1. Whether or not there is a multiple testing problem in a given application quite strongly depends on which coefficients a researcher looks at. In many applications, one is only interested in 1-2 key variables, and the others only act as "controls". Say, in a fixed effects panel data model we may feel that we need individual specific intercepts to control for unobserved heterogeneity, but we are typically not really interested in these $N$ fixed effects per se. On the other hand, in for example growth econometrics, we sift through all possible determinants for growth and as such, we are willing to look at all significant variables. In the latter case, we do have a multiple testing problem, but not necessarily in the former.

2. I would argue that there are indeed several high-powered (at least, higher powered than Bonferroni) alternatives for performing such a model selection exercise. These include Bayesian model averaging, extreme-bounds analysis, General-to-specific, penalized methods (Lasso and related methods) and also methods directly deriving from the multiple testing literature. The latter group includes classical ones based on the Benjamini-Hochberg method, but also more recent bootstrap-based methods. To do some shameless self-promotion, these are compared and applied in a paper of mine.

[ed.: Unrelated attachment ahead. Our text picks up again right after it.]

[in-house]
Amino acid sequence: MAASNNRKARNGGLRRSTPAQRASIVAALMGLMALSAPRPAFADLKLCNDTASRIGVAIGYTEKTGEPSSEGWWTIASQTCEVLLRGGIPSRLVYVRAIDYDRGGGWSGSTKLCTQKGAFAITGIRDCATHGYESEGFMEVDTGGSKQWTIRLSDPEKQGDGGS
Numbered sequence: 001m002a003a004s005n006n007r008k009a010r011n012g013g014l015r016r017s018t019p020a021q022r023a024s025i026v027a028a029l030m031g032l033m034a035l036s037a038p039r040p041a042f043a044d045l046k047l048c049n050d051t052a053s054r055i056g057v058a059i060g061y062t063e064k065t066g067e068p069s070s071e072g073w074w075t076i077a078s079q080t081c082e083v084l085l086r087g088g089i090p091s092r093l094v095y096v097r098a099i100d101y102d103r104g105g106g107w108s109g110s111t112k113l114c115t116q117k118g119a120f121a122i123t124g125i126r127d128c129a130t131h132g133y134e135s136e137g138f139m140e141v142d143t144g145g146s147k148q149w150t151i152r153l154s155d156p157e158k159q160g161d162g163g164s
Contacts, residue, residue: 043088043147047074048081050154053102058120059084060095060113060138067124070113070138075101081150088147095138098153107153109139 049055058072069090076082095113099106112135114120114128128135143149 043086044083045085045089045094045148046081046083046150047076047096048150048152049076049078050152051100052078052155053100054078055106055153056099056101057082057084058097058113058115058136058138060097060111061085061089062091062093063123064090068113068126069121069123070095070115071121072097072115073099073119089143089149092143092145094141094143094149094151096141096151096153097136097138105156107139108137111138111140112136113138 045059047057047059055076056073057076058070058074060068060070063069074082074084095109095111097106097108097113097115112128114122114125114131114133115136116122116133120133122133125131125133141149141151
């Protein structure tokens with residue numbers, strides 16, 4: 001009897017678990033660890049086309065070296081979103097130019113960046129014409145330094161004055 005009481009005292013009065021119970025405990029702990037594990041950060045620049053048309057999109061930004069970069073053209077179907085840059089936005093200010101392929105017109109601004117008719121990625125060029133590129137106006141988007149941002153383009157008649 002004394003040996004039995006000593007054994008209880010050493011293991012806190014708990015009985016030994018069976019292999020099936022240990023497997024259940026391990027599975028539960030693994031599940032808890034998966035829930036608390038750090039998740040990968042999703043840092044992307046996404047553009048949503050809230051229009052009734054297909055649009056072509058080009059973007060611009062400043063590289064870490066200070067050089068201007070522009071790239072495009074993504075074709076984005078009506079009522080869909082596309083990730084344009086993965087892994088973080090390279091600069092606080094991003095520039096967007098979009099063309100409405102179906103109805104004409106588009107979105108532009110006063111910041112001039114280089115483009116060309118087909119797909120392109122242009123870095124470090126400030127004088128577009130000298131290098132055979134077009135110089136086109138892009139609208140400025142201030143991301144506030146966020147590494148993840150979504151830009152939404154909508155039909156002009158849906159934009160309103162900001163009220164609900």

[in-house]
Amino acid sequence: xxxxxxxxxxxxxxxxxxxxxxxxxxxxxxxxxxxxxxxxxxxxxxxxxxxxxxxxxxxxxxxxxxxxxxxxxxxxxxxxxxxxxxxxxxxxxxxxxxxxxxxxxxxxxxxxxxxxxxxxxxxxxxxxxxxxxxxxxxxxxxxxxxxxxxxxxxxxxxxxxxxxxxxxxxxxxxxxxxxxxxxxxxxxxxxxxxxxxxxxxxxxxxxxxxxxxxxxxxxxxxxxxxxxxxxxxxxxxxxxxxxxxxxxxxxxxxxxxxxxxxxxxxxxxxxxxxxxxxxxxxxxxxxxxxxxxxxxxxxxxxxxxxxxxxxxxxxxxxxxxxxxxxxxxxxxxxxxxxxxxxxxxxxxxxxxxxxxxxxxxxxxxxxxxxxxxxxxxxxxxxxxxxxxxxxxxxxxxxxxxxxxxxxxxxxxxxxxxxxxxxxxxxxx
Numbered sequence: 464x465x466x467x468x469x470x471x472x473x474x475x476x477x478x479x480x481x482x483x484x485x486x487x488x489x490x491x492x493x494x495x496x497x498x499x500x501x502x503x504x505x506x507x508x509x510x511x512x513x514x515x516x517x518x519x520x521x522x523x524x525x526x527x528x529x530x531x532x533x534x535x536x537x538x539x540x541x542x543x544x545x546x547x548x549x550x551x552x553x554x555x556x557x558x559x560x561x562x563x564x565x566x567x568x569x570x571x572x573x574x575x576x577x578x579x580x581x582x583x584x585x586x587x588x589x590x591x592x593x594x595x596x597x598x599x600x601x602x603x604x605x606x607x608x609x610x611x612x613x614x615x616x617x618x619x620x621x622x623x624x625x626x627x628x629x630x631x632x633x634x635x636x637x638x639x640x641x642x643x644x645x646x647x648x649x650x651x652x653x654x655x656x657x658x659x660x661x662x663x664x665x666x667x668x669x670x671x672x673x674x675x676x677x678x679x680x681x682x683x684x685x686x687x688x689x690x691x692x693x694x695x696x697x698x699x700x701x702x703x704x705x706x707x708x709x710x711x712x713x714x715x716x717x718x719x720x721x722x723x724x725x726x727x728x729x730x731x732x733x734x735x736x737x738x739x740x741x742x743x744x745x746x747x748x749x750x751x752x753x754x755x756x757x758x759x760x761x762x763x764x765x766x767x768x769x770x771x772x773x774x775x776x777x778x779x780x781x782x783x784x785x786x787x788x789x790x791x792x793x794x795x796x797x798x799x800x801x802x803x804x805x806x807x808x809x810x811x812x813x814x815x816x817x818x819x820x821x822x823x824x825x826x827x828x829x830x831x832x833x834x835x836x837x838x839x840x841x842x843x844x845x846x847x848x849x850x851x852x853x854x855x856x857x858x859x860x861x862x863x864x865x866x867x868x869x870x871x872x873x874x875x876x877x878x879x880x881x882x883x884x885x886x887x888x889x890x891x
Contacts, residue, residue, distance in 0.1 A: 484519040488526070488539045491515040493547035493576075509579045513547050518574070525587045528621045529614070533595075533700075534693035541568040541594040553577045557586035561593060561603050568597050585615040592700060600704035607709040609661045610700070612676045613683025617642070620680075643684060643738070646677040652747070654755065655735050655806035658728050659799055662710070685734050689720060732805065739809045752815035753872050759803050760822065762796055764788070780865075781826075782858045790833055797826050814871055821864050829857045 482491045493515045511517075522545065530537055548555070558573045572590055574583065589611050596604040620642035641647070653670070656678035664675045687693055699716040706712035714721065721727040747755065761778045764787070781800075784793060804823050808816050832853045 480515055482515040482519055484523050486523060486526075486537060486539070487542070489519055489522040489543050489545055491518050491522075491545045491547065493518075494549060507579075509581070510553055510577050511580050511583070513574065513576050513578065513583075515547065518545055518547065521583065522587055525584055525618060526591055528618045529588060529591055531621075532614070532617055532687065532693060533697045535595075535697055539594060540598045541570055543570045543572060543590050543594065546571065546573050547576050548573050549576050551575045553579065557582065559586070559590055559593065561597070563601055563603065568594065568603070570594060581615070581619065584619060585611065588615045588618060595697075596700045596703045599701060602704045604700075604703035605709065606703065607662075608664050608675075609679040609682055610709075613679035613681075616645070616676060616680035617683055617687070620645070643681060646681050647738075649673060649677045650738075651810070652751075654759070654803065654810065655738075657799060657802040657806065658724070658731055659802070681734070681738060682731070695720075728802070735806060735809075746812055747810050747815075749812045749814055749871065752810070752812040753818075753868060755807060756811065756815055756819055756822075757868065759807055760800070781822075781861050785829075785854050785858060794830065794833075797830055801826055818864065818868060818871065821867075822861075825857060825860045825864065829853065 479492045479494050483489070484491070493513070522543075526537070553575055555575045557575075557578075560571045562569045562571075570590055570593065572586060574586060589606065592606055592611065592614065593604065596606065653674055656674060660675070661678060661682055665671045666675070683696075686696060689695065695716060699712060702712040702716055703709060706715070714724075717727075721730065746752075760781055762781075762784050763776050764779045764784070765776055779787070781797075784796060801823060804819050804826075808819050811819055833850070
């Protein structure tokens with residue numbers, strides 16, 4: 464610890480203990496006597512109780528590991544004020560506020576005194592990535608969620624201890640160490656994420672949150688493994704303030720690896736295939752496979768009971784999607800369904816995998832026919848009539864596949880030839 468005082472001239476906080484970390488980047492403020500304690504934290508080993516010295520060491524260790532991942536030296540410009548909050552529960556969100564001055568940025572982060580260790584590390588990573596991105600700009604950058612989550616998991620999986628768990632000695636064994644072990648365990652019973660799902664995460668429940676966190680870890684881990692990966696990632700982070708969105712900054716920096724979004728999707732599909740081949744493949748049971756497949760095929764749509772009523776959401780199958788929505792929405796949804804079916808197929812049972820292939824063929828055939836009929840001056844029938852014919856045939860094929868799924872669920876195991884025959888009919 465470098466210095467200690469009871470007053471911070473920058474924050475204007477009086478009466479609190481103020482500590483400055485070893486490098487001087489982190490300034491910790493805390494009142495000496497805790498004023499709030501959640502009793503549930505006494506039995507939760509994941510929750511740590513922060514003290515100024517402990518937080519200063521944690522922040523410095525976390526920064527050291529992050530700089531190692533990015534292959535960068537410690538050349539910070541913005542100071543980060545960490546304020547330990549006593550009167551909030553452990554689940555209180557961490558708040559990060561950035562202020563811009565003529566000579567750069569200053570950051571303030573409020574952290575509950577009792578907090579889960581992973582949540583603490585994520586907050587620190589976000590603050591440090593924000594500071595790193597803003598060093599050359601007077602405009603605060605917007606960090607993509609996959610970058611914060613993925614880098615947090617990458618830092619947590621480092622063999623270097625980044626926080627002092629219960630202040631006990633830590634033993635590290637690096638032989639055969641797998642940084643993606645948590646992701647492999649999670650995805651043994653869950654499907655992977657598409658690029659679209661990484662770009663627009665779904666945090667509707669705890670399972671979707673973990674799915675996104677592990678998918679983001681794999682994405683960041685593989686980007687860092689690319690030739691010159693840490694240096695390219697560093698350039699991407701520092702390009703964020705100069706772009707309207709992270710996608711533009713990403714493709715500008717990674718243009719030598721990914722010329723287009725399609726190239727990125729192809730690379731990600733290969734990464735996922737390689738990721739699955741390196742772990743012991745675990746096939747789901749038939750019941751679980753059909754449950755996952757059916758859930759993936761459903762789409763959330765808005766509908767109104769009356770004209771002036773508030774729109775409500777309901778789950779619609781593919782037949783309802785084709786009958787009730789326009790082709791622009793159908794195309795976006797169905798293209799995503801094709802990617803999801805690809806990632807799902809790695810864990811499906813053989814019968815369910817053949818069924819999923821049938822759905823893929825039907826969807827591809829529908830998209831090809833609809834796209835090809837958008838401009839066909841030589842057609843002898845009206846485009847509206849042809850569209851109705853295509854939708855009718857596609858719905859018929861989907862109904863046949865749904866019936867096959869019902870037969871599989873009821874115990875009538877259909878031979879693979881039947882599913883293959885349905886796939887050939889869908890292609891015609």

• (+1) Thank you, this is a fantastic post. I had not considered point 1, and you are right that it makes quite the difference. I'm afraid that this makes the whole thing subjective, as a priori tends to slur to when I have time occasionally. Would you recommend this dichotomy between "control" and "interest" variables? I have not had a chance to read your paper as of yet, but I have it book marked and will give it a read as soon as I have the chance, thank you for the link. Best. Aug 20, 2015 at 13:11
• Hm, it is hard to say in general whether that dichotomy is recommendable - will likely depend on the application. And although I presented it as a black and white thing, I of course see that the distinction may be quite blurred in practice. Aug 20, 2015 at 13:23